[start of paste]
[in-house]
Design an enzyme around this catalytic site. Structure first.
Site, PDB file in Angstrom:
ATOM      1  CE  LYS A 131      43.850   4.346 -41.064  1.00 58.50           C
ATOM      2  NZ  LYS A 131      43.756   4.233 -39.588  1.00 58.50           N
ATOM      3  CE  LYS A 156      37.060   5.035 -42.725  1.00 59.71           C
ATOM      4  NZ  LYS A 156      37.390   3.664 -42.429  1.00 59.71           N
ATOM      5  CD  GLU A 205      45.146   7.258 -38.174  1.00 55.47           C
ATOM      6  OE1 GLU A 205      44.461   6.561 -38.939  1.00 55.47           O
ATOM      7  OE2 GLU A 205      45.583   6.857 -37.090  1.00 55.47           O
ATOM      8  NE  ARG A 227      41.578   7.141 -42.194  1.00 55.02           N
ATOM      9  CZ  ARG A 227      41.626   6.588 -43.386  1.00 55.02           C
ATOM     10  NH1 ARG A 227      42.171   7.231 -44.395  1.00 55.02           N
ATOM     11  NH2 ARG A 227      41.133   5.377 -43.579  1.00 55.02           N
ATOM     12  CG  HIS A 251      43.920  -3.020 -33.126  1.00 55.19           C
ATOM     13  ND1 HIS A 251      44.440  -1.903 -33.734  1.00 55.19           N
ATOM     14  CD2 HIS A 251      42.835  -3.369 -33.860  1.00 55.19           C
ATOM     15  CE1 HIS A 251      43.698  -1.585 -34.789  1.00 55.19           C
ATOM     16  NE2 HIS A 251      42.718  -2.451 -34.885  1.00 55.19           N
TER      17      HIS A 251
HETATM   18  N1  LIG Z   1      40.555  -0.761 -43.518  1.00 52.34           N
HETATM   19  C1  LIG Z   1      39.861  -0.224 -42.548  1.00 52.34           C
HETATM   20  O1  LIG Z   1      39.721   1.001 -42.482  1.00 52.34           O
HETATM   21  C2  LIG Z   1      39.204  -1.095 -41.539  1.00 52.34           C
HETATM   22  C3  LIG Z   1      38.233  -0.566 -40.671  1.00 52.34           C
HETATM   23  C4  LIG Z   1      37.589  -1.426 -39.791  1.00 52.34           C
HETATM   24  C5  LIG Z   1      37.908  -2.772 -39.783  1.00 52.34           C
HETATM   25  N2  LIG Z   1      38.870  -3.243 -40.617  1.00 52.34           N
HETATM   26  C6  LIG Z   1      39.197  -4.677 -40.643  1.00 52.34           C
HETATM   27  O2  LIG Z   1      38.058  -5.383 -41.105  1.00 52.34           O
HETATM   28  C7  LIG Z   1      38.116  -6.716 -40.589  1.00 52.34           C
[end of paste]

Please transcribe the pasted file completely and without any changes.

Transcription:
[in-house]
Design an enzyme around this catalytic site. Structure first.
Site, PDB file in Angstrom:
ATOM      1  CE  LYS A 131      43.850   4.346 -41.064  1.00 58.50           C
ATOM      2  NZ  LYS A 131      43.756   4.233 -39.588  1.00 58.50           N
ATOM      3  CE  LYS A 156      37.060   5.035 -42.725  1.00 59.71           C
ATOM      4  NZ  LYS A 156      37.390   3.664 -42.429  1.00 59.71           N
ATOM      5  CD  GLU A 205      45.146   7.258 -38.174  1.00 55.47           C
ATOM      6  OE1 GLU A 205      44.461   6.561 -38.939  1.00 55.47           O
ATOM      7  OE2 GLU A 205      45.583   6.857 -37.090  1.00 55.47           O
ATOM      8  NE  ARG A 227      41.578   7.141 -42.194  1.00 55.02           N
ATOM      9  CZ  ARG A 227      41.626   6.588 -43.386  1.00 55.02           C
ATOM     10  NH1 ARG A 227      42.171   7.231 -44.395  1.00 55.02           N
ATOM     11  NH2 ARG A 227      41.133   5.377 -43.579  1.00 55.02           N
ATOM     12  CG  HIS A 251      43.920  -3.020 -33.126  1.00 55.19           C
ATOM     13  ND1 HIS A 251      44.440  -1.903 -33.734  1.00 55.19           N
ATOM     14  CD2 HIS A 251      42.835  -3.369 -33.860  1.00 55.19           C
ATOM     15  CE1 HIS A 251      43.698  -1.585 -34.789  1.00 55.19           C
ATOM     16  NE2 HIS A 251      42.718  -2.451 -34.885  1.00 55.19           N
TER      17      HIS A 251
HETATM   18  N1  LIG Z   1      40.555  -0.761 -43.518  1.00 52.34           N
HETATM   19  C1  LIG Z   1      39.861  -0.224 -42.548  1.00 52.34           C
HETATM   20  O1  LIG Z   1      39.721   1.001 -42.482  1.00 52.34           O
HETATM   21  C2  LIG Z   1      39.204  -1.095 -41.539  1.00 52.34           C
HETATM   22  C3  LIG Z   1      38.233  -0.566 -40.671  1.00 52.34           C
HETATM   23  C4  LIG Z   1      37.589  -1.426 -39.791  1.00 52.34           C
HETATM   24  C5  LIG Z   1      37.908  -2.772 -39.783  1.00 52.34           C
HETATM   25  N2  LIG Z   1      38.870  -3.243 -40.617  1.00 52.34           N
HETATM   26  C6  LIG Z   1      39.197  -4.677 -40.643  1.00 52.34           C
HETATM   27  O2  LIG Z   1      38.058  -5.383 -41.105  1.00 52.34           O
HETATM   28  C7  LIG Z   1      38.116  -6.716 -40.589  1.00 52.34           C